Tuition vs Retirement Accounts

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linguini
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Tuition vs Retirement Accounts

Post by linguini »

First, some background. My wife and I are in our mid-twenties. Next year, my wife will be attending medical school. She's going to a private university, and combining tuition and living expenses and supplies, we're talking about probably having to pony up about $70k a year. I know it's a favorite topic among bogleheads, but the question of whether or not it's in her best financial interest to go to med school is not a consideration here. While you are free to debate that among yourselves in this thread if you so please, this is a question of serving her life-long passion rather than maximizing lifetime earnings, and I fully support her in choosing this path and want to help her through this. The actual topic of this thread is over the best way to finance her education.

While she is in medical school, I will still be working full time, and I earn something on the order of $115k before taxes, probably a bit more depending on bonuses and raises next year. Housing, food, transit, medical, my own tuition for part time studies, charity, and other smaller expenses over the last 12 months for me totaled somewhere around $40k (estimated, it's hard for me to figure out the exact number because my budgeting tool includes things like buying savings bonds and I buy things like gym membership and FSA through payroll withdrawals, so I'm doing a little back-of-the-envelope to get an estimate). I plan on spending less next year by eliminating vacations, not eating out very often, no new electronics, temporarily reducing charitable giving, walking to work instead of taking the subway, etc, but the reality is that a large majority of my expenses are housing and tuition, so I'm not sure how much I can realistically reduce without quitting grad school or unnecessarily reducing my quality of living. I also have cash savings and taxable investments built up, on the order of $60k. My wife also has some modest savings outside her retirement account, totalling about $20k. I've been in the process of gradually selling off the stocks in my taxable account, so soon we will have about $80k available in cash.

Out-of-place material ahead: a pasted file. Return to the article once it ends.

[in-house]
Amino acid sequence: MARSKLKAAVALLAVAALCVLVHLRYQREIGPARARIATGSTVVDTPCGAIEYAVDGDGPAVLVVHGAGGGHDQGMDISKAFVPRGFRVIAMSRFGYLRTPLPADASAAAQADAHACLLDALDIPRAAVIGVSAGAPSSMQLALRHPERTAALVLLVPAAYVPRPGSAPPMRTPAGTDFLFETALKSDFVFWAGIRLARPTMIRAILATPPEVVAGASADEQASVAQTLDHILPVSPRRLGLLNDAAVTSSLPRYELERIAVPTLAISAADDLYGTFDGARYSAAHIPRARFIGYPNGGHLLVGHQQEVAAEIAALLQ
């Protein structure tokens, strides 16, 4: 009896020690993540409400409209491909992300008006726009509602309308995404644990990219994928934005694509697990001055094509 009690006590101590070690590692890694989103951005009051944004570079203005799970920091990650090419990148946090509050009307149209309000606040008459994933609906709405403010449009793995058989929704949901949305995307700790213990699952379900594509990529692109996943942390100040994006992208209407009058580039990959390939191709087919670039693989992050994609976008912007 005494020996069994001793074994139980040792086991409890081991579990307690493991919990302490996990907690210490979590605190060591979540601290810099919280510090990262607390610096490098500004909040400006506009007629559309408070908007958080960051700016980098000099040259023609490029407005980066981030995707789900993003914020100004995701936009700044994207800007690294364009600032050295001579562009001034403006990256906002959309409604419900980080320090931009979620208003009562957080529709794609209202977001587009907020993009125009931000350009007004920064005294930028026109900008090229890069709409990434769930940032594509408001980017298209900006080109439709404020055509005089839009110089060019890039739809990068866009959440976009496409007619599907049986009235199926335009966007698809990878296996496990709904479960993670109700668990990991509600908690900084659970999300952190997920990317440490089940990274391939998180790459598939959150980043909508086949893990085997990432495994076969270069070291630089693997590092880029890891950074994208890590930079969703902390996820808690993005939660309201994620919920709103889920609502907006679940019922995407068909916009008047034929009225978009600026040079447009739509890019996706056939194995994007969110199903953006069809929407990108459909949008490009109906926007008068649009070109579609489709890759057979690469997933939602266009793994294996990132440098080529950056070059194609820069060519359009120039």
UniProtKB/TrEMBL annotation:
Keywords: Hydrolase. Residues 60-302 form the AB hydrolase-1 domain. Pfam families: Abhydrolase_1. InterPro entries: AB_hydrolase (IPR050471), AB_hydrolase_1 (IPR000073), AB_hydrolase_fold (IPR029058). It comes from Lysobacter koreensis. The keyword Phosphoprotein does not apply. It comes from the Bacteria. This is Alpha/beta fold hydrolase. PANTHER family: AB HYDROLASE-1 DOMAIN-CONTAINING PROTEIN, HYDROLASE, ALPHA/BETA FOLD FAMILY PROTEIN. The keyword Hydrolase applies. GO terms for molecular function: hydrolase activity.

Now, this gives us enough to pay for about a year of medical school with our savings. Assuming I have roughly $90k after taxes, minus my $40k in expenses, I will have roughly $50k a year to serve other needs. Currently, a large portion of that goes into retirement accounts: $5.5k into a Roth IRA and $17.5k into my company 401k (no company match, but I do get a separate defined benefit pension). My thinking is this: our cash savings will pay for about $20k a year in expenses, and if I were to continue saving about $23k in tax-advantaged money, then combined with some assistance her parents have generously offered to put toward her education, we could probably comfortably put up about $50k total. At that point, we're only about $20k in the hole. After that, my question is, how should we bridge that gap? I see two main options (unless I choose to defer courses for my own education, which I don't think is necessary):

1. Take out about $20k in federal loans. Direct unsubsidized loans are currently 5.41%. She would graduate with us owing roughly $90k in debt (because of servicing fees and interest accumulated during her education) and I would have about $80k in retirement contributions spread out over those four years. I assume we could comfortable pay off the debt in just a a few years before we have children because I would still be working full time and she would be earning a residency salary.